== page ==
Those settings add adequate lighting, shadows, and all the necessary materials and textures. So naturally, the camera angle that was set will impact the general lighting, regardless of whether it’s an interior or an exterior shot.

Weather settings, of course, play a much more significant role in the creation of exterior shots. These shots are usually much brighter, but the interior images that include windows will also have much light included in the very shot.

For exterior shots, where weather settings play a crucial role, a 3D artist will have to start with building out the outer landscape first and work on adding purely realistic elements.

Imperfections bring more realism!

Let’s face it, most natural things that surround us are never completely perfect. Even those natural objects that are symmetrical in their core are not quite wholly symmetrical. If you look at your face in the mirror, you might think that the left and right sides are symmetrical.

But is this the case? Not quite. Similarly, if we take a look at any particular natural object, we will conclude that it is unique. Nothing in nature is perfectly identical; only manufactured mechanical objects.

Therefore, imperfections in 3D rendering are essential to make any 3D artwork look more realistic. Leaves of trees, for example, are all unique and different, and when you add a row of them next to the house you have modeled, you might as well want to make them look imperfect.

3D renderings indeed need to be designed perfectly, but when there are, say, some contextual bits added to the whole picture, making those bits imperfect is what should be done. As a result, you will only bring more realism to the entire idea and make clients more drawn to your project.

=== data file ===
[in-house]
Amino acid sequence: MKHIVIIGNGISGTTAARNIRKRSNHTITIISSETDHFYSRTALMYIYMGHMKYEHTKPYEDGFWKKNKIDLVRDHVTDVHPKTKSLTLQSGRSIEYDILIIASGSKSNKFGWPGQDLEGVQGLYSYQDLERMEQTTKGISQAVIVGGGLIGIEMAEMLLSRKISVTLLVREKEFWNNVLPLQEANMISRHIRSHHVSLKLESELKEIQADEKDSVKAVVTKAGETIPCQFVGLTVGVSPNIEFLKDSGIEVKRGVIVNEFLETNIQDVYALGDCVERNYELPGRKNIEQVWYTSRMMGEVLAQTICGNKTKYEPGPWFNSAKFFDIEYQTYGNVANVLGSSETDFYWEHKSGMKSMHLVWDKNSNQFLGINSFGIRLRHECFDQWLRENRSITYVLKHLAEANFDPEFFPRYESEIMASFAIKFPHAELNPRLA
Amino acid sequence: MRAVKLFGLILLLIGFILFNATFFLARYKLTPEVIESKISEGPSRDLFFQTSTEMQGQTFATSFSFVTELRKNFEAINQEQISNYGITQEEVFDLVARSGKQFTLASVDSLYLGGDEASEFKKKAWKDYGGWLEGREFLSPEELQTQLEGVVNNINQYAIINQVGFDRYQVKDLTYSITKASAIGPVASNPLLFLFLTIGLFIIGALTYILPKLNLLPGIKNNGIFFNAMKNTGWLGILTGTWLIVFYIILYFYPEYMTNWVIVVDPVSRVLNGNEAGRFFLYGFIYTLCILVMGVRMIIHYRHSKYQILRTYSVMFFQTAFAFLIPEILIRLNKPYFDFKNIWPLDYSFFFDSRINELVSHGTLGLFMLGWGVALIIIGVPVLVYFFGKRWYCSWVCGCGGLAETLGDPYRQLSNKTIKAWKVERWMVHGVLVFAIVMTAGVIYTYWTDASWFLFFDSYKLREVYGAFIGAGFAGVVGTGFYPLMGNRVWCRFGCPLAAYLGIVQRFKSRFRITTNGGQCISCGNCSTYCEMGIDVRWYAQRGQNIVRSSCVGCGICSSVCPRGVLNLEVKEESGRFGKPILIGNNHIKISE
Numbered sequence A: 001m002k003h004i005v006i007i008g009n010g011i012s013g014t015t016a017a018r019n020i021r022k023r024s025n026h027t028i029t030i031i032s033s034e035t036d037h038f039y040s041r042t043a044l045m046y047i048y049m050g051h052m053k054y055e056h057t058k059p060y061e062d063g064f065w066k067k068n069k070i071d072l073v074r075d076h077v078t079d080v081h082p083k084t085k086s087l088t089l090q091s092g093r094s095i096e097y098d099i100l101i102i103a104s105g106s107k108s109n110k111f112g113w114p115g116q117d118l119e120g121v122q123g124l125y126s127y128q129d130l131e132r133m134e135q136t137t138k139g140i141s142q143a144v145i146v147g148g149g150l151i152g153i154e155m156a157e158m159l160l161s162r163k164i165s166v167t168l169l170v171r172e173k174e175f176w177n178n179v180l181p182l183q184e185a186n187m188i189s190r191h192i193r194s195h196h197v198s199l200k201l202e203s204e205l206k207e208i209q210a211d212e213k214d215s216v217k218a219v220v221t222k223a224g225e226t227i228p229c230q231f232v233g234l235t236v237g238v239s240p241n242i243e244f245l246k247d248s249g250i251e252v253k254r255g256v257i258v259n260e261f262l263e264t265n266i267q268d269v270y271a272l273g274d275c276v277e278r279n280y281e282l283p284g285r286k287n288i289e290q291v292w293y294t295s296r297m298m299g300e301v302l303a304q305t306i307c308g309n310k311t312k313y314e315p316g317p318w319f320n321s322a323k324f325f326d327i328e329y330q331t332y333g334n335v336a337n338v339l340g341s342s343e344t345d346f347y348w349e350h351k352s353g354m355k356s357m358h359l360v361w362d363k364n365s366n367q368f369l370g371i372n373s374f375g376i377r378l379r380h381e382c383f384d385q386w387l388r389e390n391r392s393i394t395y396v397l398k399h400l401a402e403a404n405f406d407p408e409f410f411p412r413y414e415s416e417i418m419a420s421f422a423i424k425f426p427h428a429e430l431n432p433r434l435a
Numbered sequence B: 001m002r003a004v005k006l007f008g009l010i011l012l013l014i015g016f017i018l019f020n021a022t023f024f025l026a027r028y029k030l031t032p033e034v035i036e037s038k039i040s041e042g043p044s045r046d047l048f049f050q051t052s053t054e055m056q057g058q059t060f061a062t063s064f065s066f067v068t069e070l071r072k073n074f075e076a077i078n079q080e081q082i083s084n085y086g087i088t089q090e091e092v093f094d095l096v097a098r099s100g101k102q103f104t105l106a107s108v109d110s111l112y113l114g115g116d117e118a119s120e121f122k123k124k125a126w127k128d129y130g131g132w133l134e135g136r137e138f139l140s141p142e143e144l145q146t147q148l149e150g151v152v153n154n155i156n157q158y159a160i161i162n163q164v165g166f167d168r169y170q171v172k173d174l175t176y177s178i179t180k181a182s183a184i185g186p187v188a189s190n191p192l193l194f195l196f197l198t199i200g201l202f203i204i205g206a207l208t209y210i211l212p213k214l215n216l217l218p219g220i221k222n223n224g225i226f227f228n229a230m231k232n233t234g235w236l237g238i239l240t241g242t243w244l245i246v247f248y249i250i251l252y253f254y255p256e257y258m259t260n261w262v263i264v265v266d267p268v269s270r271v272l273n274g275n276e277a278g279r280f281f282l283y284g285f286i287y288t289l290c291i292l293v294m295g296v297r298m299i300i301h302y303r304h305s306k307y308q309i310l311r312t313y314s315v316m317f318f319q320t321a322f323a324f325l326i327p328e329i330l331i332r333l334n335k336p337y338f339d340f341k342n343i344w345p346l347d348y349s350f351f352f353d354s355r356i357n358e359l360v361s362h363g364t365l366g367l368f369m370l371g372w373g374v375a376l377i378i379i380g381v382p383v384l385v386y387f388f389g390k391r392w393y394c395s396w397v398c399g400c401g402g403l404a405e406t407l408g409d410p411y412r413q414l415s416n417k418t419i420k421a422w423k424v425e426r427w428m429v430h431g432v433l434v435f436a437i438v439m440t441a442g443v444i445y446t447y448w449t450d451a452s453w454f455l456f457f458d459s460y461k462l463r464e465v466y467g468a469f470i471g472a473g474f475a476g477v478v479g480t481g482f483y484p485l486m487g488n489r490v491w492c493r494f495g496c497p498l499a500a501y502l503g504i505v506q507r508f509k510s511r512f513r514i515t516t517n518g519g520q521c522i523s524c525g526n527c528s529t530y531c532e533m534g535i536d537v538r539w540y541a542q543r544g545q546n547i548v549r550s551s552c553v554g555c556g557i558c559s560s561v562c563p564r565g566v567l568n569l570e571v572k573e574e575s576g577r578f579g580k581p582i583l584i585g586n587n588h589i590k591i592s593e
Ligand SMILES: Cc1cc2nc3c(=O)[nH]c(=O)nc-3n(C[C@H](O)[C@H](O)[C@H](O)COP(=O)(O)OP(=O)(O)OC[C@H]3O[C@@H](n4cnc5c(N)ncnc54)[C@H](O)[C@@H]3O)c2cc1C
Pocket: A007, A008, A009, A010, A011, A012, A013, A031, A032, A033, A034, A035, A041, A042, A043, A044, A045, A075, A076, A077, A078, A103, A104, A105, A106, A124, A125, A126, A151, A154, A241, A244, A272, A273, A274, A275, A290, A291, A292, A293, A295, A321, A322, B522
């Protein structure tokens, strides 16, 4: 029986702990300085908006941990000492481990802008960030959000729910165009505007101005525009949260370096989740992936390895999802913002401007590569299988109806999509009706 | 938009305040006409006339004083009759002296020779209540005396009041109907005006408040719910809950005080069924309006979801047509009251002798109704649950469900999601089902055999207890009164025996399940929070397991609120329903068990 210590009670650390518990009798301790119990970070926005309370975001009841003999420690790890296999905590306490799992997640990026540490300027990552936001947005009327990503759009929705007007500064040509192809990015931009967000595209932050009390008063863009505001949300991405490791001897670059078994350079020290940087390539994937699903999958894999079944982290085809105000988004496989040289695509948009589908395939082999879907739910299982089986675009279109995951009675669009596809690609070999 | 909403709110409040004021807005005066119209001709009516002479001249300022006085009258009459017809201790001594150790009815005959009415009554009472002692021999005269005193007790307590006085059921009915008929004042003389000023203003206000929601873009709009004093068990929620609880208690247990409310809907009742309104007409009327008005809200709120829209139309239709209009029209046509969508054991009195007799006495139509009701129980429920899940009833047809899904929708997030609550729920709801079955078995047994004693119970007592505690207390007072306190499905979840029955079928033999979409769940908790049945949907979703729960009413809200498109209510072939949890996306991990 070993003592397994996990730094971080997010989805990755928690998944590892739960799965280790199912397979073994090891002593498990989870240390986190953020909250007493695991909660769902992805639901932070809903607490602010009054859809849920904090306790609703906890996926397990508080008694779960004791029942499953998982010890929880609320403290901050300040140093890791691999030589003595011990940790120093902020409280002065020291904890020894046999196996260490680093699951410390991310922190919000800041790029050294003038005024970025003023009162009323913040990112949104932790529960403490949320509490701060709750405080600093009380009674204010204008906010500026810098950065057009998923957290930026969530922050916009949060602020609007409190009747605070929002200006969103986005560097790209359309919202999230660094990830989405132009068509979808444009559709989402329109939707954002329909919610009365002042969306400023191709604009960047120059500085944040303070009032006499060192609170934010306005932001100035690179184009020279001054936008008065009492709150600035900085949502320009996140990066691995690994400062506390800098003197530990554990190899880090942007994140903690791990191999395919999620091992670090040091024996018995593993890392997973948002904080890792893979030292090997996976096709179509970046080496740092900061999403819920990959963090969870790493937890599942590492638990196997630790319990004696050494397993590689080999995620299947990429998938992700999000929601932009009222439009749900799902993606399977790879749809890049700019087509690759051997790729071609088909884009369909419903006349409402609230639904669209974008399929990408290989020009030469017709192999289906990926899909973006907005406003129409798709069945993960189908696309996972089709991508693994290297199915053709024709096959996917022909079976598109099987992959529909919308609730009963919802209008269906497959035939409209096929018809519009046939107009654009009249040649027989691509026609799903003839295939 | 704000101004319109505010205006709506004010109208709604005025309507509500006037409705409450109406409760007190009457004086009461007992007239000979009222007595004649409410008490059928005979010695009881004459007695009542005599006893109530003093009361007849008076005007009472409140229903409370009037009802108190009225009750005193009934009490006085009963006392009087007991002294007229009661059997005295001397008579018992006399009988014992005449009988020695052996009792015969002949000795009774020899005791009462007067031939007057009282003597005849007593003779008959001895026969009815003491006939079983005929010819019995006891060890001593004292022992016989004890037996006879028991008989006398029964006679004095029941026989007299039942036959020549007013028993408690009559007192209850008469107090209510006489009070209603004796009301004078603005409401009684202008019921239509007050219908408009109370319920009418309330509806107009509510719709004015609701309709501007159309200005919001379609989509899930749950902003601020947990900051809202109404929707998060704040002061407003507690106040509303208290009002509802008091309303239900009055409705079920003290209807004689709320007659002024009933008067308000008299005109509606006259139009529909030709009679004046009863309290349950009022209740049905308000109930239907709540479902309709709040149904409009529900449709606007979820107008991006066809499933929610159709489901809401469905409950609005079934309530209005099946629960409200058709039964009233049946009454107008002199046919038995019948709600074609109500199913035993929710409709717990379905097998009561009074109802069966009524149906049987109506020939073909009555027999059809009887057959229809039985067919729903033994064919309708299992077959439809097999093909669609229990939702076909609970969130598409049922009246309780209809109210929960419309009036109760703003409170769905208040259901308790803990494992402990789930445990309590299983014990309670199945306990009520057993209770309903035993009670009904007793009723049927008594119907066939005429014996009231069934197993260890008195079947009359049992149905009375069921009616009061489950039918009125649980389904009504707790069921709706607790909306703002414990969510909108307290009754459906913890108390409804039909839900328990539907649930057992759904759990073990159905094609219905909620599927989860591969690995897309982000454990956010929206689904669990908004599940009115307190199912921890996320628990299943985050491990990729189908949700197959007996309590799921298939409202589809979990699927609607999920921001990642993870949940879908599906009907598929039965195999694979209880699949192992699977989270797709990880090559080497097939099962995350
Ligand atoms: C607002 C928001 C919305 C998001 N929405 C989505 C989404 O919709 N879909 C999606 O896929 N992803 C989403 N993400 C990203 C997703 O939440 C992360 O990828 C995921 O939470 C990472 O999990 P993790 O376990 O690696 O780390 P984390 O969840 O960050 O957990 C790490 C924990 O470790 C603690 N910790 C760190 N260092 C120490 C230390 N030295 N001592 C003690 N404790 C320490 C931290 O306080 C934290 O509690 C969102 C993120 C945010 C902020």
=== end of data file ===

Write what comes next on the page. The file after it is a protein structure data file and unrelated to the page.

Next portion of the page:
Adding elements for context

CG rendering can include numerous contextual elements. For example, there can be a group of people added to the photo, who are sitting in front of a house, some cars parked next to the house, and a flock of birds flying above it all in the sky.

The critical role of these contextual elements is to convey a friendly, warm atmosphere, which should evoke only positive emotions in the viewer. One might think that these elements can distract the viewer from paying enough attention to the house.

However, they do much in setting the right tone and mood and are the ones that bring your 3D render to life. For example, if some blooming flowers are included in the render and merry people sitting or walking, it can only awaken your imagination and nothing else.

Adding elements for context certainly does help the viewer to understand just how a particular place (e.g., a house in the suburbs) would look like and feel like in real life. Clients, in turn, will always choose those architectural designs that have some emphasis on showing it in a particular context.

Lighting effects create an atmosphere!

Creating the perfect lighting for each of your 3D renderings might be more important than one might think. When a 3D artist is working on a particular render, he always has absolute control over both the indoor and outdoor lighting. So why not make it perfect for a better overall atmosphere?

You needn’t wait for a perfectly sunny day or a perfect sunset to capture a particular landscape or a part of the architecture in the best possible light. Nor do you have to wait for a shadow to move, for the sun to shine, or for the weather to break.

3D rendering can change any lighting effects and create a soothing natural atmosphere. With the aid of 3D rendering, you can control what time of the year it will be, what time of the day your model will have, control the angle of the sun and the sheer intensity of the rays.

In other words, you can control everything. So, for example, it can always be sunny in a 3D rendering (as long as that’s how you want it to be. Now, when it comes to interior designs, you can control every aspect of any particular indoor lighting as well.